So explain to my why 3 years ago when the air show was at Travis there were fire trucks out in the field. Was it because there was a grass fire? I think so. And FYI those fire trucks stayed out there the duration of the show. Illegal my @$$. What happened to service before self? So sad that the ones we put trust in and look up to failed. I wonder what would have happened if it was an airman that crashed. Would they have just stood and stared or would they have taken action? Just for curiosity, I wonder if the Thunderbird are equipped with fire extinguishers? If so, there were 7 of them sitting real close to the crash.

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  • John TaylorMay 05, 2014 - 9:30 pm

    You're right on target!! No excuse, especially on an AFB, to not have emerg vehicles pre-positioned, fully manned, with clear access to the RW! A response time to a known hazardous activity zone on the RW and adjacent "clear areas" should never take more than one minute. That poor guy was probably alive!

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  • John TaylorMay 05, 2014 - 10:27 pm

    This is in response to "why did it take so long". You remain totally correct! Emerg response on most airfields is "iffy"...at best; especially at civil airports! Many of the very busy but smaller ones, have no on-site emerg capability at all....they simply lean on the nearest local fire dept....which is usually miles away!! As to this case...very sad! Chances of him surviving the immediate impact are very high! Further...that it happened on an AFB makes it even less excusable! So let me get this straight.....there were no fire trucks pre-positioned.....and there was no immediate crowd-free access to the RW and adjacent airfield "clear" zones! Over??? If that's correct....either the Base CC or the Wg CC should be fired (and, of course the Fire-Chief! This is ridiculous!!

    Reply | Report abusive comment
  • Rich GiddensMay 05, 2014 - 9:01 am

    If you're wealthy or connected you may defy the laws of man and God. But you can't defy the laws of physics. Those laws are absolute and can't be broken.

    Reply | Report abusive comment
  • Rich GiddensMay 05, 2014 - 9:02 am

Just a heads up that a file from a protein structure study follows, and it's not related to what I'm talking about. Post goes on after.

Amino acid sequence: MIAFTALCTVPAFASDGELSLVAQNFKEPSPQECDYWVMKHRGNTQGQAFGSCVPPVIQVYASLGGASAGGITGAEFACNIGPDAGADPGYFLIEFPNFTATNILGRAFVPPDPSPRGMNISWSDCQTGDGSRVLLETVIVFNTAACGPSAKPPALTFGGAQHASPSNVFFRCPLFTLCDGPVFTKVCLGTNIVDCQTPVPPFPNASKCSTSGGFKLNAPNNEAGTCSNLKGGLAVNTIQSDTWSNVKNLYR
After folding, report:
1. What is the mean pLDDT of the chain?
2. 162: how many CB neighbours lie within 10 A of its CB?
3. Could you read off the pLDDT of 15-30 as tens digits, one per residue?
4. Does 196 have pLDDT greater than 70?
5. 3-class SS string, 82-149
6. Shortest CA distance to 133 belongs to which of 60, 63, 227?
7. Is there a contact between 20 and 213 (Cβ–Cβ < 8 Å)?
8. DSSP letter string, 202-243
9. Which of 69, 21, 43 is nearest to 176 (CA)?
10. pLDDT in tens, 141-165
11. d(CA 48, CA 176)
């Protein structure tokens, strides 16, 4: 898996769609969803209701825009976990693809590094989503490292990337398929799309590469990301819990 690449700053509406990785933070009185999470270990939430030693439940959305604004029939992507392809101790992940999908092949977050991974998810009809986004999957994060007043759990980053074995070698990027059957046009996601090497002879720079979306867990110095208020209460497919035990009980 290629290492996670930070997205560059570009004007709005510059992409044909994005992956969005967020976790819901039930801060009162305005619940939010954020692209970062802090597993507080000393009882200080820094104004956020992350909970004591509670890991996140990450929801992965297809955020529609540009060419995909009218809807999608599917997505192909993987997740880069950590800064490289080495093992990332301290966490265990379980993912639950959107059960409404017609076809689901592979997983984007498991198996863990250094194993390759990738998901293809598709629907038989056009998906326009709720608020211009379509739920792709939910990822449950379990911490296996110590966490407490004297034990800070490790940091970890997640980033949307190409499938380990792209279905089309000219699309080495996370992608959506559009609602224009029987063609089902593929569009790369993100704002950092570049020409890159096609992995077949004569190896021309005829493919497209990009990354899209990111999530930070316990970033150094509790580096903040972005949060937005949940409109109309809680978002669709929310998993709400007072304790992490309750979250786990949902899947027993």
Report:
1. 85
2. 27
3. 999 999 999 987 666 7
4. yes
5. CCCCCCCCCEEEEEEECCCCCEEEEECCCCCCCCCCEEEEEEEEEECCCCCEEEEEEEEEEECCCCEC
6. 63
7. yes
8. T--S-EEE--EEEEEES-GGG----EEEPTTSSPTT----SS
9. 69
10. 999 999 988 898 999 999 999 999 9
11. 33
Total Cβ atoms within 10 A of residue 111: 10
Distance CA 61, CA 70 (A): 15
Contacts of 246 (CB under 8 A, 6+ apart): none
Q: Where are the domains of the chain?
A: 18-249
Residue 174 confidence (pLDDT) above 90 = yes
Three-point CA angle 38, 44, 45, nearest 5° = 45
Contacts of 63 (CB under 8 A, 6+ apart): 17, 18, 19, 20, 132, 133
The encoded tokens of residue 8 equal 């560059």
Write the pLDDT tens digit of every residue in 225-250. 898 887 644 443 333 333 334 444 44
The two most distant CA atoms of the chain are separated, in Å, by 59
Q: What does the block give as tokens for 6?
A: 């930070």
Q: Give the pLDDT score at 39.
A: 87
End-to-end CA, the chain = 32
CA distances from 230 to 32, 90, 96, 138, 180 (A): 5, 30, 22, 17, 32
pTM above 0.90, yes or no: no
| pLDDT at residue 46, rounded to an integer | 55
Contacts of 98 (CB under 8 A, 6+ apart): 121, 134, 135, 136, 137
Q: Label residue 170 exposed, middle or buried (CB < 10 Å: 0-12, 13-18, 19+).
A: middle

Ramstein 87 was the worst. The FAA changed the rules after that one.

    Reply | Report abusive comment
  • JimMay 05, 2014 - 9:57 am

    About 25 years ago a local fisherman died in a November storm. He had a new boat and in spite of the storm, was headed out to sea to set his crab pots. He was a significant part of a close-knit group of friends, and I was very upset about his death. Talking with my mother (Dora McMullen Sutro) later that evening helped me to understand the logic and sense of his death, and put it into its proper perspective. Dora had been an Officer in the American Red Cross during WWII, she was stationed in England, and managed the Red Cross units in about 5 field hospitals, and had quite a lot of experience dealing with death. She noted that every military incident and accident report form contained a box titled LOD - Yes or No. The initials stood for “Line of Duty” and helped to clarify that the incident occurred while the individual was properly engaged in performing his Duty - in the case of my fisherman friend, he was fishing, and died in the course of his duty, and not in a bar fight while waiting out the storm. Eddie was an acrobatic aircraft pilot, and died doing his duty, which he loved - performing aerobatics at an Air Show. LOD - Yes. We should all be so lucky. RIP, Eddie. You not only thrilled us with your aerobatics; you safely dug the basement for my home. Jim Sutro, Half Moon Bay, CA

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  • justsomeguyMay 05, 2014 - 3:36 pm

    I find many of these comments offensive and self centered. a man died doing what he loved,god bless him and his family and friends,not the rest of u ignorant self centered people.

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  • BMay 05, 2014 - 4:31 pm

    Its no wonder we have the crime problems we do in this area when you read the trash that some of you spew from your finger tips. You sicken me.

    Reply | Report abusive comment